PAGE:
-A +A

G. Wilson Knight

George Richard Wilson Knight (1897 - 1985) was an outstandingly distinguished scholar and literary critic, who wrote on subjects as diverse as Shakespeare, Byron, Ibsen and Nietzsche.

After graduating from the Hall, his first academic post was at Trinity College, Toronto, where he met, befriended and influenced the young Northrop Frye.

Knight taught at Stowe School from 1941 to 1946, after which he became Reader in English Literature at the University of Leeds. Here, as a colleague of Kenneth Muir (also an Aularian) he taught a celebrated two-year course on drama, in which Shakespeare was approached as part of world drama stretching from Aeschylus to Ibsen. After Muir’s departure to a chair at Liverpool, Knight continued to build up the outstanding reputation Leeds had acquired for Shakespeare studies; and was recognised with a personal chair in 1956.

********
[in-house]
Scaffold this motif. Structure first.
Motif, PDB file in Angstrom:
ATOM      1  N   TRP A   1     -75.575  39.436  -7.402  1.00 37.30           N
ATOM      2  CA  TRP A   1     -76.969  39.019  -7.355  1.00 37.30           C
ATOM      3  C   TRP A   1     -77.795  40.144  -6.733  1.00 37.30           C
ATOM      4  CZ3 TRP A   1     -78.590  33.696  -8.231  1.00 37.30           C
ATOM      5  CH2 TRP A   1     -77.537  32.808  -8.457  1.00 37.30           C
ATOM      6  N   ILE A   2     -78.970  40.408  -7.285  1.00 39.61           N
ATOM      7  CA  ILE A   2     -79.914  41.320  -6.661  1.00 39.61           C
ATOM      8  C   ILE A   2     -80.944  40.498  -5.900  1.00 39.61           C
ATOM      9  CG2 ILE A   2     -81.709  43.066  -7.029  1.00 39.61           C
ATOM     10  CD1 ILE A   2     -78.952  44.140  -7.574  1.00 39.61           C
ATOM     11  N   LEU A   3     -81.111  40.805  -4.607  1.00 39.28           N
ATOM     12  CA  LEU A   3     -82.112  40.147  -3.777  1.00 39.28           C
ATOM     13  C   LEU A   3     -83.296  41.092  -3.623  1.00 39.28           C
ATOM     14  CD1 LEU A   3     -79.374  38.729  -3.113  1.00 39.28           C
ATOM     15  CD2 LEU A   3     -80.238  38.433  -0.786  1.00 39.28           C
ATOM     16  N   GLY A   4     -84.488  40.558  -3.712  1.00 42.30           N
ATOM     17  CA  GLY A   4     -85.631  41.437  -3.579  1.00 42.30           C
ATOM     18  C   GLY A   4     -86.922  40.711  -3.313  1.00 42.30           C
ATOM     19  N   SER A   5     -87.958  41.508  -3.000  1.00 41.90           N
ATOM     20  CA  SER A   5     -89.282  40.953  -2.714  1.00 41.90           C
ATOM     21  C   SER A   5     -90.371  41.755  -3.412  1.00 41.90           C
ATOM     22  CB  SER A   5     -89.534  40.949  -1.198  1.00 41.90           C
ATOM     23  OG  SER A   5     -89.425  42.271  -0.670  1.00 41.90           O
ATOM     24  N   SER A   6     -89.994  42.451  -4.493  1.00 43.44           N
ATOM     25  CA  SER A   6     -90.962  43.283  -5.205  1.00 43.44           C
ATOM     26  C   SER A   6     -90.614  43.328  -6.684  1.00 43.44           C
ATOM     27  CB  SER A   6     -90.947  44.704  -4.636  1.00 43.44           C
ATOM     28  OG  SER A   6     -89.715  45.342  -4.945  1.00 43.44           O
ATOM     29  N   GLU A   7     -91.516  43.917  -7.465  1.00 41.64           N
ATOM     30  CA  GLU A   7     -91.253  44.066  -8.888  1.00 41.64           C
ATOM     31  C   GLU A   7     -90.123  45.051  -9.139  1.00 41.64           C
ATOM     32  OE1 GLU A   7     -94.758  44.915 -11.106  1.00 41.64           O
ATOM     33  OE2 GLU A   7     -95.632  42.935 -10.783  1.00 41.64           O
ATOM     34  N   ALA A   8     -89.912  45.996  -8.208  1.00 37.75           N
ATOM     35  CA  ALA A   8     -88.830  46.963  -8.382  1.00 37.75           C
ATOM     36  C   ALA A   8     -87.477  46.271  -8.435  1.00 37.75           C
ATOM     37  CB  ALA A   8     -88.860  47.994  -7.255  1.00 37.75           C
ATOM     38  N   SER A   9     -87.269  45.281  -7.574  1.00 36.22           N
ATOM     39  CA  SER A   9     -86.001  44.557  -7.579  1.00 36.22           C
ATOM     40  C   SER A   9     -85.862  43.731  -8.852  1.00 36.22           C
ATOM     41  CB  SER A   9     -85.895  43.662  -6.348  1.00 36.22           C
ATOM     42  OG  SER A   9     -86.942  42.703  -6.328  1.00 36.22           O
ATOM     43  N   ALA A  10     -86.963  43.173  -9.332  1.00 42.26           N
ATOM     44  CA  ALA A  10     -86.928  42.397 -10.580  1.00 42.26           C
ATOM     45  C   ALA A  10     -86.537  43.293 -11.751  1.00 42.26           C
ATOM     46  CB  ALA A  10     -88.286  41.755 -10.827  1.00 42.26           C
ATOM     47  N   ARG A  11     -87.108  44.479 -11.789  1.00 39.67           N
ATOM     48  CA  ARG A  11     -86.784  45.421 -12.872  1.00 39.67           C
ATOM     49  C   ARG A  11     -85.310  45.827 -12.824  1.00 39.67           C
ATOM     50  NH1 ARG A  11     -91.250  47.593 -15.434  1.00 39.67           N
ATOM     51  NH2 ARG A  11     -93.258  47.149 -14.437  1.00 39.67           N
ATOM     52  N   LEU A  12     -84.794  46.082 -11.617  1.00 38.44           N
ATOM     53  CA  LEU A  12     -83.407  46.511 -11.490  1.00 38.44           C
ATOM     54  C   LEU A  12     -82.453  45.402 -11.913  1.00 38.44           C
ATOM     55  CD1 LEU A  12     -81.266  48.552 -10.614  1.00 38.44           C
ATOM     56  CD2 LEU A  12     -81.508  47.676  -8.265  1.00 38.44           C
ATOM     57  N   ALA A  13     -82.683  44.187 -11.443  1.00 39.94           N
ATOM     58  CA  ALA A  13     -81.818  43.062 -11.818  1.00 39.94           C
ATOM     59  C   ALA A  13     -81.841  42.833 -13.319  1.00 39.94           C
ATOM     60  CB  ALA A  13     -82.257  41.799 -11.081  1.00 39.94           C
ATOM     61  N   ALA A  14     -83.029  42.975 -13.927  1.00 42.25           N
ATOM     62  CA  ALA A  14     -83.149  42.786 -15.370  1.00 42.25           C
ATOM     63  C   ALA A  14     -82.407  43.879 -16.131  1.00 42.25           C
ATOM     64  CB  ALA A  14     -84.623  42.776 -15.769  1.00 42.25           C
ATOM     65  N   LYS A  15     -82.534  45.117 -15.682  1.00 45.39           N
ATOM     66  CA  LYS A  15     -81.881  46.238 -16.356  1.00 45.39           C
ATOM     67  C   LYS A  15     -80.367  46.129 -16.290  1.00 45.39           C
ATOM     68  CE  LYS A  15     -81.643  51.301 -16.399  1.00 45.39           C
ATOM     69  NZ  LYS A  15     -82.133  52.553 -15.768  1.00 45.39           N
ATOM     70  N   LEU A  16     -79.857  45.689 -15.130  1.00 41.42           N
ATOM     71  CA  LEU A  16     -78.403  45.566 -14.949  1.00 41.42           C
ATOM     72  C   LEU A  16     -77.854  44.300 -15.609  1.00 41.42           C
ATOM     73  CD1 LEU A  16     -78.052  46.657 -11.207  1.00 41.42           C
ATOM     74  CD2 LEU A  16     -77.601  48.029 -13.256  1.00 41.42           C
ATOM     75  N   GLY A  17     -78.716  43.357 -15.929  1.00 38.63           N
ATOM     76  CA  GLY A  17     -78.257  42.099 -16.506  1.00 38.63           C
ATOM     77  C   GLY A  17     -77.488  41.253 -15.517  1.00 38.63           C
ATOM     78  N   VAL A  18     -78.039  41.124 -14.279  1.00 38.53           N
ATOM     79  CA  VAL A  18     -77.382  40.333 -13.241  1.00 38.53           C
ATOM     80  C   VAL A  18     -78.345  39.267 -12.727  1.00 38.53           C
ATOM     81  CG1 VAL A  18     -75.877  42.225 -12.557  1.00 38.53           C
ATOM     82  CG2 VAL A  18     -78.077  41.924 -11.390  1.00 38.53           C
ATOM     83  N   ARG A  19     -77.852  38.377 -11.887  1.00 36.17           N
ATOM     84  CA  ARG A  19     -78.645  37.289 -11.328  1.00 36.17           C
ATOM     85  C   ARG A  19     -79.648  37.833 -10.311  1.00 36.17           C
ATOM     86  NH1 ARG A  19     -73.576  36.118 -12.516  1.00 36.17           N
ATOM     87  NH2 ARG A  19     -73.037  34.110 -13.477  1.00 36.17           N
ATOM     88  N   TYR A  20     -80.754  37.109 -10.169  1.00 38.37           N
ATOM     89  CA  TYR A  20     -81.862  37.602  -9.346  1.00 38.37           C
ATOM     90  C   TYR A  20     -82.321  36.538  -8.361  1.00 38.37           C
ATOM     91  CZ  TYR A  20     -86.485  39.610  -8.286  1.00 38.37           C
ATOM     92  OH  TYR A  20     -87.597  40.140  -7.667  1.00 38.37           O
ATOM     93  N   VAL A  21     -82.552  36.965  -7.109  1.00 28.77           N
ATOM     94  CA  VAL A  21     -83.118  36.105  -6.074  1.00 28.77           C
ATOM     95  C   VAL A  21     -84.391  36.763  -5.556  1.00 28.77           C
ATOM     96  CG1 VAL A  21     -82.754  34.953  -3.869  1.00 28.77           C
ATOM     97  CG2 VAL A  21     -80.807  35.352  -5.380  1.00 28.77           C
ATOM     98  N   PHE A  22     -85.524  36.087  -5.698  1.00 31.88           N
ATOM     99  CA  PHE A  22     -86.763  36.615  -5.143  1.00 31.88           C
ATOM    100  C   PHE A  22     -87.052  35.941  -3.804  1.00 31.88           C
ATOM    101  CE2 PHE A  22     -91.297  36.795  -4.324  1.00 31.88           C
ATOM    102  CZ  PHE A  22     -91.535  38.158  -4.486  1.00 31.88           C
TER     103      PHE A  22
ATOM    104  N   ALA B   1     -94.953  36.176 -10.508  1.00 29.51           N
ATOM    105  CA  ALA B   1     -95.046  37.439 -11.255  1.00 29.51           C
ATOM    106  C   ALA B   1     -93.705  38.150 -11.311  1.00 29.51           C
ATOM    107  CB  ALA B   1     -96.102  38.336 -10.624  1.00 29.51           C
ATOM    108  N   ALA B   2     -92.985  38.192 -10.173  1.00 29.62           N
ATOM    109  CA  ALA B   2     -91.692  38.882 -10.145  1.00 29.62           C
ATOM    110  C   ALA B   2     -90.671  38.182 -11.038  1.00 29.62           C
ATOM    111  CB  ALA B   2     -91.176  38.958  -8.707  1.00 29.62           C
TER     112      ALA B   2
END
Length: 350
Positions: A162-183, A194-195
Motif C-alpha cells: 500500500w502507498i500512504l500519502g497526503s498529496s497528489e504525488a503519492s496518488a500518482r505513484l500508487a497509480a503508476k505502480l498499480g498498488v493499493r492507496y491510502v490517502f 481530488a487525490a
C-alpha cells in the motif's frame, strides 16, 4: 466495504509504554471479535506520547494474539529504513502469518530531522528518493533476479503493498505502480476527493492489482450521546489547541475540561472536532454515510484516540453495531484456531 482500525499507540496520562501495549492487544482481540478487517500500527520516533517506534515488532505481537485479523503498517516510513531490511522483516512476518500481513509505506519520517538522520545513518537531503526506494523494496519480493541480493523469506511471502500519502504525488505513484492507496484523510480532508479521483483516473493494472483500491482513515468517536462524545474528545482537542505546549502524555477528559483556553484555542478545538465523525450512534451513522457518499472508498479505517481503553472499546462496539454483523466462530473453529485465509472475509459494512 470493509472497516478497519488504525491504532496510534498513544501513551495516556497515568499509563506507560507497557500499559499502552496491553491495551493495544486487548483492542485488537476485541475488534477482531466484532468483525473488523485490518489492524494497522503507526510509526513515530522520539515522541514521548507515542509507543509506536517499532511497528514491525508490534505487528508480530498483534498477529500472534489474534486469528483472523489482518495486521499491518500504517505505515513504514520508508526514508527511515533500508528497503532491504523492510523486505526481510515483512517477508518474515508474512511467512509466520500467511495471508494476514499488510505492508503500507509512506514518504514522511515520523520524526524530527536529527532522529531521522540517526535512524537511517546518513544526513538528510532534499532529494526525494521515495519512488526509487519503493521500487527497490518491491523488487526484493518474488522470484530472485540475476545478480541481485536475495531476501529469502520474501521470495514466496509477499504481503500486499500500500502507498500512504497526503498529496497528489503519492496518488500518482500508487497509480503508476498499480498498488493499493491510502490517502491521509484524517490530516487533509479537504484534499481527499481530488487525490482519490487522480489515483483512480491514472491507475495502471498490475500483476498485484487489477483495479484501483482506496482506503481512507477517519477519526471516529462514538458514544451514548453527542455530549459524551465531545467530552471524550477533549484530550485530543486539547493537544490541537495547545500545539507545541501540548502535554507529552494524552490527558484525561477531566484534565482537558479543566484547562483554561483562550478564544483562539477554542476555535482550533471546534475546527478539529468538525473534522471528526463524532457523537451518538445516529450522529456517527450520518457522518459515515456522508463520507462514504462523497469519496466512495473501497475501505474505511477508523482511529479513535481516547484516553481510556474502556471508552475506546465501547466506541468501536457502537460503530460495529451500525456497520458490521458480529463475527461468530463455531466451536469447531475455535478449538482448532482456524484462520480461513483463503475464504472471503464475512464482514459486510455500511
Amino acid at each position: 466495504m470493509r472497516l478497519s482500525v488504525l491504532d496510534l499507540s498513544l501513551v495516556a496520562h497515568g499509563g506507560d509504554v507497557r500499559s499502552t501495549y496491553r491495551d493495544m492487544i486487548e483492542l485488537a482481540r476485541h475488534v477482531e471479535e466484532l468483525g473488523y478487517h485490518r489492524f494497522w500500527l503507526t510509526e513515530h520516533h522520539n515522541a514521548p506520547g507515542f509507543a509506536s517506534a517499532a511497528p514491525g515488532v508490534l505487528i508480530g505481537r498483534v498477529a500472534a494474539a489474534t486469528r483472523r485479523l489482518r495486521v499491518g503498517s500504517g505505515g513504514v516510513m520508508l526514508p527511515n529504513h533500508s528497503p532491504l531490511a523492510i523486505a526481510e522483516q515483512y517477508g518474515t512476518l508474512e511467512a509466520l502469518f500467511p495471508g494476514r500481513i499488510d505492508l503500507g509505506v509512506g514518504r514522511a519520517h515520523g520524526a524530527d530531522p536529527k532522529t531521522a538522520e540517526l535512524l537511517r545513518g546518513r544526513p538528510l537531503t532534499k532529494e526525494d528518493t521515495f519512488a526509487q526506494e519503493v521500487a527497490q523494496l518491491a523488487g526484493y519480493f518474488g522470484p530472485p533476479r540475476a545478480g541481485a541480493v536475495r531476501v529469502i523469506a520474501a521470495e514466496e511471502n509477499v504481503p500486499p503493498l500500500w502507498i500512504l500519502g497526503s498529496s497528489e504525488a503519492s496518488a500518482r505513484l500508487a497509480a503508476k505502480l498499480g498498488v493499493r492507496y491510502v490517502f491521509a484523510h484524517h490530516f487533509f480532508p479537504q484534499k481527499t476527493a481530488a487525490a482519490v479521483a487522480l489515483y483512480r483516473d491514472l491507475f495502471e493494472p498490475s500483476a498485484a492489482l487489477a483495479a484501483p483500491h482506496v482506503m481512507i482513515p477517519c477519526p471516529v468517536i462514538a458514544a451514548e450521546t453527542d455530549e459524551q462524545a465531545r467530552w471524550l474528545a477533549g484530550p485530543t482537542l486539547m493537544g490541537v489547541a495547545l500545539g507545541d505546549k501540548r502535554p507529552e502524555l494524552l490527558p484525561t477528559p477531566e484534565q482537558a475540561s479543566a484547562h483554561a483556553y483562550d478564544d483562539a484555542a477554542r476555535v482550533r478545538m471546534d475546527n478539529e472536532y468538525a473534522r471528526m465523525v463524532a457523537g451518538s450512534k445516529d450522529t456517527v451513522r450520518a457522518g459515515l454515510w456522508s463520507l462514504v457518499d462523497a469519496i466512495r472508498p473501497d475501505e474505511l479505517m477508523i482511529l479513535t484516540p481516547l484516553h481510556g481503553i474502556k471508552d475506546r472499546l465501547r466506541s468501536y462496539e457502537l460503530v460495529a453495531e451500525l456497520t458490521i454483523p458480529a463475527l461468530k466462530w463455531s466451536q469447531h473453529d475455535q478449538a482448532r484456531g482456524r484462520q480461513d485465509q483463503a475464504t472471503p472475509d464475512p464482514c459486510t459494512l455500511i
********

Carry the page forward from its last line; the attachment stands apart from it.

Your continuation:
Eccentric and powerfully original, Knight was fascinated above all by mythical patterns and meanings in literature. His book The Wheel of Fire, Interpretations of Shakespearian Tragedy (1930) is one of the most famous and influential in the field.

Northrop Frye acknowledged Knight as a major influence, and recalled their early association at Toronto with gratitude: 'Like most students of my generation, Knight’s books had much the effect on me that Chapman’s Homer had on Keats, and the method indicated, of concentrating on the author’s text but recreating it by studying the structure of imagery and metaphor, seemed to me then, and seems to me still, the sort of thing that criticism is centrally about.'

Knight was not only a great critic; he was also an actor, a theatrical director, and a charismatic lecturer, who inspired dramatic activity in the university at Leeds with great energy until his retirement in 1962.

The Morality of Art, a collection in his honour, was published in 1969. It contains essays by such illustrious writers as Geoffrey Hill, L.C. Knights, Kenneth Muir and Norman Jeffares.